I asked Weis if he was ever frightened or scared filming this documentary on the home turf of these at times very scary looking gang members. "I would be more frightened now but at the time I was just a little bit scared, going there as a young guy," he recalled. Det. Warner's security safety net was usually somewhere nearby during filming, but for one shoot they weren't and Weis remembers, "It was almost like [the movie] Training Day when the guy goes to the house, and I went to the building where the Savage Skulls were where I did those interviews with [gang member] Frankenstein and that guy gives that great monologue about being arrested and handcuffed and chiz, chiz -- does all those sound effects...They had taken over the whole building and went in there and during the interview I suddenly realized that Werner had left. He never really was around for any of the interviews but in many cases would be somewhere around like sitting outside in his car or whatever. But at this time he was nowhere nearby so that caused a little fear," he said, laughing.
However, over the course of the summer of '79 during filming, Weis got close to his subjects, the Nomads more than the Skulls. "The Nomads were pretty charming guys, if you can use that word, in their own way, as you can see in the film. "Crazy Joe" Alveraz, the leader of the Nomads, was a pretty civilized guy. He held down a job. And Fly was that kid and he was nice," said Weis.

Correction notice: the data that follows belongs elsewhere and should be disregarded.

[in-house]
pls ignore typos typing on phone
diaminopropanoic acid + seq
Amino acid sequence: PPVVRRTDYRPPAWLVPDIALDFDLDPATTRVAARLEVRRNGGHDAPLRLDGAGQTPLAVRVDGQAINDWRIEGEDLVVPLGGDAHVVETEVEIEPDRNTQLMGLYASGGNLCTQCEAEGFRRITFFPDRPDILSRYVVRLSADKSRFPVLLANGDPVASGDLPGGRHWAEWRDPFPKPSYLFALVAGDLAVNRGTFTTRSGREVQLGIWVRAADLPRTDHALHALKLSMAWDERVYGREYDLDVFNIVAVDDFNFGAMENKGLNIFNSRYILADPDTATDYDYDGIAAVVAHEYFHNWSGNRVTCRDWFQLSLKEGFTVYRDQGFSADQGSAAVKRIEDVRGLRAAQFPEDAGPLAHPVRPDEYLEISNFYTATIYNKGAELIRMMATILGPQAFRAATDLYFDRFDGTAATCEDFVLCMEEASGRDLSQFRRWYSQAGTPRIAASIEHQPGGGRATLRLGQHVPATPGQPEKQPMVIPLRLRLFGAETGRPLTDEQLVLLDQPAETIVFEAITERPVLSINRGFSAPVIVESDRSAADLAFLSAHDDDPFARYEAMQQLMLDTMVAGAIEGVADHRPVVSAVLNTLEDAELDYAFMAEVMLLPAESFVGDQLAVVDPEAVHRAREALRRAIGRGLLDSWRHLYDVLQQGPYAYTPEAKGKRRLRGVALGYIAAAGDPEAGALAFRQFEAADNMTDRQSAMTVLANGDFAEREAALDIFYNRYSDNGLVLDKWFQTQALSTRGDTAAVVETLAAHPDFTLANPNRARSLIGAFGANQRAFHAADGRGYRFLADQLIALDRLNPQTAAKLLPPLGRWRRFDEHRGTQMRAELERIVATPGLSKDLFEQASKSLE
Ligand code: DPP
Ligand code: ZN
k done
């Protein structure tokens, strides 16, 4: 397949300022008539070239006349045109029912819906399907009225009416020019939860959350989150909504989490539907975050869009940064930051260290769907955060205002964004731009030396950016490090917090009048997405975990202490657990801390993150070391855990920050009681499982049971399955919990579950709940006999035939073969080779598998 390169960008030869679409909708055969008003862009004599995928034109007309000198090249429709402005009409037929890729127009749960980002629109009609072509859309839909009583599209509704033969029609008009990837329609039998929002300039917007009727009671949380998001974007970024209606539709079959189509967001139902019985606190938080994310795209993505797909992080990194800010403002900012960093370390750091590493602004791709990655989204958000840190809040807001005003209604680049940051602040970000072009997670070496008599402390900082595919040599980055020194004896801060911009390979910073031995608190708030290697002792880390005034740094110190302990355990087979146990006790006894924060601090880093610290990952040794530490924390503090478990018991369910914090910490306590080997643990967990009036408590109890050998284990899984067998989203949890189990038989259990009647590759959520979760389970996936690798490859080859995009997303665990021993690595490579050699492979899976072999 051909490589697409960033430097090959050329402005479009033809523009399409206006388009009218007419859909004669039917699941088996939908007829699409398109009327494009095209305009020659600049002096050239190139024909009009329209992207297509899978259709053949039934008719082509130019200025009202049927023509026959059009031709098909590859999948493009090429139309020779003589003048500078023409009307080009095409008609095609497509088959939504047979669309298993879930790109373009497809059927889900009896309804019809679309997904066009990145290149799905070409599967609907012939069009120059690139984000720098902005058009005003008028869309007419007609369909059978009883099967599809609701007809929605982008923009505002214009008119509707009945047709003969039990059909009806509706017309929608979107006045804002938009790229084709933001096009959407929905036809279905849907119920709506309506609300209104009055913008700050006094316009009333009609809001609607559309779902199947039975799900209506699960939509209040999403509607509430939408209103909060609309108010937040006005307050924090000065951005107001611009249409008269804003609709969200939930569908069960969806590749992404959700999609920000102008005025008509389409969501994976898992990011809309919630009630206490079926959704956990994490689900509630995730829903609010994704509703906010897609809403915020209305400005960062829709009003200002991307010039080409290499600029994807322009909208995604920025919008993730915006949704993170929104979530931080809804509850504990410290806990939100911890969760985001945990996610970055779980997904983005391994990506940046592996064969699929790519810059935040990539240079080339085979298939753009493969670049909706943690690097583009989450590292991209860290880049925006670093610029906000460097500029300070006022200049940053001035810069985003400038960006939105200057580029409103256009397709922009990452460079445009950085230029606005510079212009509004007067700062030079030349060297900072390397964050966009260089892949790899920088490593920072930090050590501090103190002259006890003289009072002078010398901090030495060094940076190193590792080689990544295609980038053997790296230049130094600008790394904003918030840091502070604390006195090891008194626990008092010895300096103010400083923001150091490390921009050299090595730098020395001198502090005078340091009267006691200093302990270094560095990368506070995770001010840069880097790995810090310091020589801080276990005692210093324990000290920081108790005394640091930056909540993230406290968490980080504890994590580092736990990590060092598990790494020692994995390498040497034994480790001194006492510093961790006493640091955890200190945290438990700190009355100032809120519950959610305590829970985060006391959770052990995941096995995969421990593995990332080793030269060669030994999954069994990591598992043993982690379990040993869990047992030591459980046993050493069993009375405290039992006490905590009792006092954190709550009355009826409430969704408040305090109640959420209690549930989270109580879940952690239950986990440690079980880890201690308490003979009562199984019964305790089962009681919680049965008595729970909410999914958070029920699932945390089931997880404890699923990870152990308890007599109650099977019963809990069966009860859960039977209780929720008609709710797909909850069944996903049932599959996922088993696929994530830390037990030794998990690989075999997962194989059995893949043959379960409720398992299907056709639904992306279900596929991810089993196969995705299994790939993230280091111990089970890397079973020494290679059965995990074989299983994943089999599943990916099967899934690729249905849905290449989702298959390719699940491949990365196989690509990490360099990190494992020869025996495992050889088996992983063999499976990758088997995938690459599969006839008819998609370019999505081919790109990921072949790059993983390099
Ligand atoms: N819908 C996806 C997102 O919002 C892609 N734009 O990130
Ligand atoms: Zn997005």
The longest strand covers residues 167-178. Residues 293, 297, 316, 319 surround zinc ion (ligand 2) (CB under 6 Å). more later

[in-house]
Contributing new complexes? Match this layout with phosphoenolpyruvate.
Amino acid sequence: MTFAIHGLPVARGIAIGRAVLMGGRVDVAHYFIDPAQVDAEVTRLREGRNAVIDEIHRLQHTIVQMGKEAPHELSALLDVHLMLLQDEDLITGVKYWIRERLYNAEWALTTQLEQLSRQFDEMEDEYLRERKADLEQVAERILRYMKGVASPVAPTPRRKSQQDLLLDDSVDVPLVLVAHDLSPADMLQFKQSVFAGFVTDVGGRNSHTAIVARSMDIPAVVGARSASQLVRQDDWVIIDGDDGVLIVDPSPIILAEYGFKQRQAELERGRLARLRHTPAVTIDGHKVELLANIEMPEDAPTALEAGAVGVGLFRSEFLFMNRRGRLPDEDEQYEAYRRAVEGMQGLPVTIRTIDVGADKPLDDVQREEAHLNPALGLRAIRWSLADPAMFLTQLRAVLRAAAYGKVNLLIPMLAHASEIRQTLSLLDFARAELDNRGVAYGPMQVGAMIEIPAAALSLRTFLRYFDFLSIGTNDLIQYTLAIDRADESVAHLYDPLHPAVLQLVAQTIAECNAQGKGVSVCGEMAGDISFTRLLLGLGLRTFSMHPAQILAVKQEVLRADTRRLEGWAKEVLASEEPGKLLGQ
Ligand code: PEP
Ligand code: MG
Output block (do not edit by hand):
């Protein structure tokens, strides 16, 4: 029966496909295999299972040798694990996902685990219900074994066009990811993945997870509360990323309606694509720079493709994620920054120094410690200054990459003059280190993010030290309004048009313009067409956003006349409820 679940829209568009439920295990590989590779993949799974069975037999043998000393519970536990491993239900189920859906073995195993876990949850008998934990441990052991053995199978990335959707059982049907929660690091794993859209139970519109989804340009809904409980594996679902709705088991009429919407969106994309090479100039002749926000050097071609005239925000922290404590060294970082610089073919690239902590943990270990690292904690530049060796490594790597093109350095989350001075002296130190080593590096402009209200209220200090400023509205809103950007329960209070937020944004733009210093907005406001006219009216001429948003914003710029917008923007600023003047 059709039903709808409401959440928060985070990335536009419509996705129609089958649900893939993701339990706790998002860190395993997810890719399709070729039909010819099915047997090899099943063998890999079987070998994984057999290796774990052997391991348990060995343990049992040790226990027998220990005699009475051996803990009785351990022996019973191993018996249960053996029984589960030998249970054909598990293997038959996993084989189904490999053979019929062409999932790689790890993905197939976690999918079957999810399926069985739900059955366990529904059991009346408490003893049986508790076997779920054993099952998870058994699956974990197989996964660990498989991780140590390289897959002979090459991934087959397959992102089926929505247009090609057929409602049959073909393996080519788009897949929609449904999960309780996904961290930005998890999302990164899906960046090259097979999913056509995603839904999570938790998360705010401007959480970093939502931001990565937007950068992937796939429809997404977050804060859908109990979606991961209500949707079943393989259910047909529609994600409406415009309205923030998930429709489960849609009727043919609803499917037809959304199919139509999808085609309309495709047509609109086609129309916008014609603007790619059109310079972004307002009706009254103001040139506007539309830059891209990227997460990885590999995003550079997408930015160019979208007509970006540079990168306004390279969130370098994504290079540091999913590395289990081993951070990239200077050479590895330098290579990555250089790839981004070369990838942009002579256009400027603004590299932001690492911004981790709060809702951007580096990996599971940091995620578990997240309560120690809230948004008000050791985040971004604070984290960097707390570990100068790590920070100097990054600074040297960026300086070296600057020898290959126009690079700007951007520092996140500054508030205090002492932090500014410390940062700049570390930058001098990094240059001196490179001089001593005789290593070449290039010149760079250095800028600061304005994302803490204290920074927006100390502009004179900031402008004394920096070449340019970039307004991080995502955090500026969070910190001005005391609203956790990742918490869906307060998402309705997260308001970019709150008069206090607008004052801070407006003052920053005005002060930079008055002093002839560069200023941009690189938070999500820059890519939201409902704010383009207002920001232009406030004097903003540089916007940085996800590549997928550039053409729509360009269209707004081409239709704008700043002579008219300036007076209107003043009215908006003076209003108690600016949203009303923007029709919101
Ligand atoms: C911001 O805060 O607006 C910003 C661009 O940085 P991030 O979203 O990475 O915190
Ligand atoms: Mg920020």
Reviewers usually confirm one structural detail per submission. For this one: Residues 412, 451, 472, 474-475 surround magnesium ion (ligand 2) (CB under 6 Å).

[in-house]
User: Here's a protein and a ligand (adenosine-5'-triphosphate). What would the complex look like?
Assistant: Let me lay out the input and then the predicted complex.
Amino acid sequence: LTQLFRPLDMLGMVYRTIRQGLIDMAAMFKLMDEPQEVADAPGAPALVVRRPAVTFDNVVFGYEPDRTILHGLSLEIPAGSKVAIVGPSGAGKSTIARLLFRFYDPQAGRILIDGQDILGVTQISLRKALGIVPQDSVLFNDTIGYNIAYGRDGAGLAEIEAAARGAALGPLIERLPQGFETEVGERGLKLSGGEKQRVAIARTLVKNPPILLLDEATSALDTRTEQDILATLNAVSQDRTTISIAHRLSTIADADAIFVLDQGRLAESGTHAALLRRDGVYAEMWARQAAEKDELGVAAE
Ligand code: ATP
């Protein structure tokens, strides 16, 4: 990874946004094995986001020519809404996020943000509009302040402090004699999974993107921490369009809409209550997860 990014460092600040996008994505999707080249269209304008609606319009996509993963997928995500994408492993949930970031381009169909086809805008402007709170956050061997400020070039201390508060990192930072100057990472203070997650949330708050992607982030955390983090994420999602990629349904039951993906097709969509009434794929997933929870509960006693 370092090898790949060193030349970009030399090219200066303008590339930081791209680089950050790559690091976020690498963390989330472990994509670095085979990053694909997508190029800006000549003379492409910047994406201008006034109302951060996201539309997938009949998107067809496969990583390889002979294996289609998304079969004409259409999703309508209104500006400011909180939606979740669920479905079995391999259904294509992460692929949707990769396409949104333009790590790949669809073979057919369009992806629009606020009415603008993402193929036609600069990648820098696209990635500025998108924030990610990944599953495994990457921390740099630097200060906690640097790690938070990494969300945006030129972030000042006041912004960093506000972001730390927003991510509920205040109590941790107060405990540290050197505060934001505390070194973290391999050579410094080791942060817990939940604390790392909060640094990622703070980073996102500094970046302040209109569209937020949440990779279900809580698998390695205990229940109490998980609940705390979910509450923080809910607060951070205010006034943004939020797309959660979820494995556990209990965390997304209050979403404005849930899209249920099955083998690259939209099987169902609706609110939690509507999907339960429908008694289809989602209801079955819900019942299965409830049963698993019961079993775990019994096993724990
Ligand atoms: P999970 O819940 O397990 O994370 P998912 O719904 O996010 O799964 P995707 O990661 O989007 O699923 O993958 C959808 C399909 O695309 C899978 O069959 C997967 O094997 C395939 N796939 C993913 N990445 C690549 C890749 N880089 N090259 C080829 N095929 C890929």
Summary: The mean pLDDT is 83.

In the 1970's Weis was a short film maker for Saturday Night Live. He somehow convinced SNL producer Lorne Michaels to help him produce this 67 minute documentary! "What happened was one summer they asked me if I could make three 90 minute films to take the place of when the weekly Saturday Night Live was off [for] a month. So I made them three: one was Diary of a Young Comic -- a fictional film, and one was a thing about the cast and what they were doing during the summer with Gilda [Radner] and all these people, so I did that. And then I had met Carolyn Pfeiffer and through her I met [Esquire's] Jon Bradshaw."
Bradshaw joined Weis for much of the filming of the documentary. "I made it for NBC and they loved it but they never aired it," said Weis. "The reason was a few months earlier ABC had shown a documentary that was made by the entertainment division and aired it as news, as it were, and it ended up having problems with authenticity of certain scenes, the dramatic scenes that were staged. That's why I made those staged scenes look so staged cos I kinda of knew that [ABC situation]. So when they [NBC] saw it... they loved it but were afraid that like ABC they would be sued so unless the news division had put it on they couldn't put it on. So that's why the film lay dormant until people kind of picked up on it now and from a few years back."